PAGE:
What is English as a Lingua Franca?
English as a Lingua Franca (ELF) refers to the use of English as a medium of communication between peoples of different languages. We include as potential ELF users both those who speak English as an additional language and those who speak English (in any of its social, regional and national varieties) as their main language. So, if you are speaking English with another student who speaks English as an additional language, whether or not English is your main language, you are both using ELF (VOICE/FAQ 2009).
ELF has been studied by linguists interested in how its grammar, vocabulary and pronunciation is different from other varieties of English (Seidlhofer 2005). Other linguists have focussed on ELF as a process, rather than a product; noticing how speakers in multilingual situations are able to monitor each other's response and work out the grammar, vocabulary, pronunciation, rate of speaking, volume, gestures, eye contact and so on that help communicate the messages needed to achieve a specific task (Smith 1983, Canagarajah 2007). Process-oriented ELF analysts are interested in how speakers monitor and adjust their language to meet their needs and the needs of the task they are engaged in.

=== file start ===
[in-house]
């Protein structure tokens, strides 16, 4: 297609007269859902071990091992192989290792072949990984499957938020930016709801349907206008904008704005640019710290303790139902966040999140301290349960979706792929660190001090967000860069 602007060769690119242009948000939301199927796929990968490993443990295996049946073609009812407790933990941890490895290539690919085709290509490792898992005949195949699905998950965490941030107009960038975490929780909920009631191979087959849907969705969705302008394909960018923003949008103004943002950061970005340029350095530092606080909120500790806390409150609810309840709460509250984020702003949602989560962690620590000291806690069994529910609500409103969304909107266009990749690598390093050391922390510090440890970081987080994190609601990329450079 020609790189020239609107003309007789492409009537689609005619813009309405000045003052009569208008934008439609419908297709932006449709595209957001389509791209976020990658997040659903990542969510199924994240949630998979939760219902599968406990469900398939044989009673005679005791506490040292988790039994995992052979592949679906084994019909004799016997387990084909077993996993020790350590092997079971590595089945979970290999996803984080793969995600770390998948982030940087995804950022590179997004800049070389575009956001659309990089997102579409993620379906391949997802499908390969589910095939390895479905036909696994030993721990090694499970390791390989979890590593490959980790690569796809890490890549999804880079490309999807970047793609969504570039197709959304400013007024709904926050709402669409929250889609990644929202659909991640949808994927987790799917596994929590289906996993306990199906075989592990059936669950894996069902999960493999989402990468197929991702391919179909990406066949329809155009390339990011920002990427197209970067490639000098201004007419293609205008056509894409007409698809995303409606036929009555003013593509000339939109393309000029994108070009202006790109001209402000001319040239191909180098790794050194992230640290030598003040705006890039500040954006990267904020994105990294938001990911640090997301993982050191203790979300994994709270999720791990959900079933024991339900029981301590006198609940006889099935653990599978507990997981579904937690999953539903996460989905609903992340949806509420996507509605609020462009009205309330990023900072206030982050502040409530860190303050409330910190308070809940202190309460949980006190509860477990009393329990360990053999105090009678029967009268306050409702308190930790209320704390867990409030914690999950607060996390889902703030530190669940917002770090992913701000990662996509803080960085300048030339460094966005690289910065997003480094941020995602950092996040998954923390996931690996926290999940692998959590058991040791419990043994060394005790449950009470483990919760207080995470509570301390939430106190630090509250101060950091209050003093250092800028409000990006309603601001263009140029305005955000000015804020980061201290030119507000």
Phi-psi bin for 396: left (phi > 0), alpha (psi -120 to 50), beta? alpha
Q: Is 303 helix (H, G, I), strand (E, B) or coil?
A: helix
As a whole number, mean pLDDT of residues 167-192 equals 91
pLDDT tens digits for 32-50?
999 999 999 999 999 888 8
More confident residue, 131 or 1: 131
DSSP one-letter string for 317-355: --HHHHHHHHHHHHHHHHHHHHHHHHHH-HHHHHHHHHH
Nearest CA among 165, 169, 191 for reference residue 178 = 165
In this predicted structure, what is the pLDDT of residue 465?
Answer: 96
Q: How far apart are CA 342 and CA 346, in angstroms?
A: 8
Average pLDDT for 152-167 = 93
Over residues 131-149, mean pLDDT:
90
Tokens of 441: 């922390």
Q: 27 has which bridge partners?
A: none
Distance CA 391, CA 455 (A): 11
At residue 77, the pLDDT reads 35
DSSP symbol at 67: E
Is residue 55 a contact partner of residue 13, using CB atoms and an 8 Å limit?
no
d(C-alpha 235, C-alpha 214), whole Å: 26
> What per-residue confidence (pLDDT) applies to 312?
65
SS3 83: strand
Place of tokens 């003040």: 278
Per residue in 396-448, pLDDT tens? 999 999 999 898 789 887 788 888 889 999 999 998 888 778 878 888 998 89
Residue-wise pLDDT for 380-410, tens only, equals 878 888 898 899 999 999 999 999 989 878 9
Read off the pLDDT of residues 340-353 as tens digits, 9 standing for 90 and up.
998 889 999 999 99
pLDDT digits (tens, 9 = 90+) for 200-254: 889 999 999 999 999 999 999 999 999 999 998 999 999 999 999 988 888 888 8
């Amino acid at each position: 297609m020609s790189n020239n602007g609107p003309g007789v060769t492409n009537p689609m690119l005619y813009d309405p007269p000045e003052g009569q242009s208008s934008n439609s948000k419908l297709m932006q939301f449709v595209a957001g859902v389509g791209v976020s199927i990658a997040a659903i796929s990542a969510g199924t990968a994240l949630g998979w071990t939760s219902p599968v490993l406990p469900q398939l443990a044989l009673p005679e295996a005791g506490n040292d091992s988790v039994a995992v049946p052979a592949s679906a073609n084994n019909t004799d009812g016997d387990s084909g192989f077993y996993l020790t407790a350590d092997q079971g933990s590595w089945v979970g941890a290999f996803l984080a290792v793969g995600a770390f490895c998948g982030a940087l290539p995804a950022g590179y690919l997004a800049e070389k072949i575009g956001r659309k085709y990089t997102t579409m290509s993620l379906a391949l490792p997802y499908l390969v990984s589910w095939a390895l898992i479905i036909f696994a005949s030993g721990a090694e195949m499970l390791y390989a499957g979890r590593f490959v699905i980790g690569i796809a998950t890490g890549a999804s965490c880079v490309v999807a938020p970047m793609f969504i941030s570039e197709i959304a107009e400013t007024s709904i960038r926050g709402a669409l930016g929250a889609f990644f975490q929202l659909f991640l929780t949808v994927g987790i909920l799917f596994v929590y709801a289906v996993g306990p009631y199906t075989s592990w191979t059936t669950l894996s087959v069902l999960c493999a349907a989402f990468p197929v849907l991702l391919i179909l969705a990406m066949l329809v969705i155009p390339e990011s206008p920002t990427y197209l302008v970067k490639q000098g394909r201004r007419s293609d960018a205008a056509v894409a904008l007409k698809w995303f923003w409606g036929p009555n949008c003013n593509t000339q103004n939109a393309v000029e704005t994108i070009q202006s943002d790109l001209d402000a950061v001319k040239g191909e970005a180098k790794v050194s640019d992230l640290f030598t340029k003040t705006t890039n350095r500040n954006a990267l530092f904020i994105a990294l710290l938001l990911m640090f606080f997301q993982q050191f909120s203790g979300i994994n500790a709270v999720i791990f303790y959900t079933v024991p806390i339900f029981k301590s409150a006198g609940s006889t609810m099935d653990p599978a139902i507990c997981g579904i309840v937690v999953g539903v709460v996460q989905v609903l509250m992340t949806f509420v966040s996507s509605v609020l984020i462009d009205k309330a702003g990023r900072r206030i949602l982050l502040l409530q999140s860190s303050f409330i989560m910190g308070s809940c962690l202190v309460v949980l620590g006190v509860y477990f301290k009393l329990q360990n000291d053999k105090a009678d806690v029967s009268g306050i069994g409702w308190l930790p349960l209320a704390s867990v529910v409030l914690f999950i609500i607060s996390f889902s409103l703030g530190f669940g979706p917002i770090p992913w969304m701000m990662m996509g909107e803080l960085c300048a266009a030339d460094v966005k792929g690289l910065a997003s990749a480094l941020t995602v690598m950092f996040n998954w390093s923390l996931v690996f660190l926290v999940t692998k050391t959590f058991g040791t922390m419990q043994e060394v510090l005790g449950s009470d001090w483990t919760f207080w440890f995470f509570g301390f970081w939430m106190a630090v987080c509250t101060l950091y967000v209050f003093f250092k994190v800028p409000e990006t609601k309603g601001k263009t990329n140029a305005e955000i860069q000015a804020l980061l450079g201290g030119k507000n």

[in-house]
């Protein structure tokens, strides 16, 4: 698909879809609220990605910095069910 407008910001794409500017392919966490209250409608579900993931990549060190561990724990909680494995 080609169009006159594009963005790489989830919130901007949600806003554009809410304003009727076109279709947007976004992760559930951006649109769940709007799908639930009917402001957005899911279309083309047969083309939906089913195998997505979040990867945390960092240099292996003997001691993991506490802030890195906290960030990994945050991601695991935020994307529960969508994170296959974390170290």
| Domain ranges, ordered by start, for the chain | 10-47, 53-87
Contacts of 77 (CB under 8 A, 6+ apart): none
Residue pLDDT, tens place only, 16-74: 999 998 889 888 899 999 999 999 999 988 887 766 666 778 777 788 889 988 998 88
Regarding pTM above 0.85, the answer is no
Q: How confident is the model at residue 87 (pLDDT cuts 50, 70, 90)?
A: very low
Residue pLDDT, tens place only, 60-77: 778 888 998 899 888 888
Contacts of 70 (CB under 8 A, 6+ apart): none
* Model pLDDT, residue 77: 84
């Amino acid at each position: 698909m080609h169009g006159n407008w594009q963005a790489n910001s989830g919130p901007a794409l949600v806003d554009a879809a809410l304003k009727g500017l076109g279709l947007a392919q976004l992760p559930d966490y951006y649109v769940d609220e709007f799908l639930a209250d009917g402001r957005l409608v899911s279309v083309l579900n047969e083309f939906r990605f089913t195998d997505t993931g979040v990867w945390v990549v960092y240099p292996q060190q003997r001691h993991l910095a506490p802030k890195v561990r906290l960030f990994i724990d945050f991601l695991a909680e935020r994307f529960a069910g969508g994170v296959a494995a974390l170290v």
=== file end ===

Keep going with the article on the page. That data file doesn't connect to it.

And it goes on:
If you have grown up speaking English, shouldn't ELF be easy?
A number of linguists have suggested that this isn't necessarily the case (Graddol 2006, Rajagopalan 2004, Smith 1983). If English is your only language, you may not have had much practice in thinking about and trying to avoid the grammar, vocabulary and pronunciation that speakers of other languages may not be familiar with. If, however, you have grown up or lived in a multilingual community, or put a lot of effort into learning an additional language, you might have had more practice at monitoring and accommodating speakers of other languages and be better at ELF (Canagarajah 2007).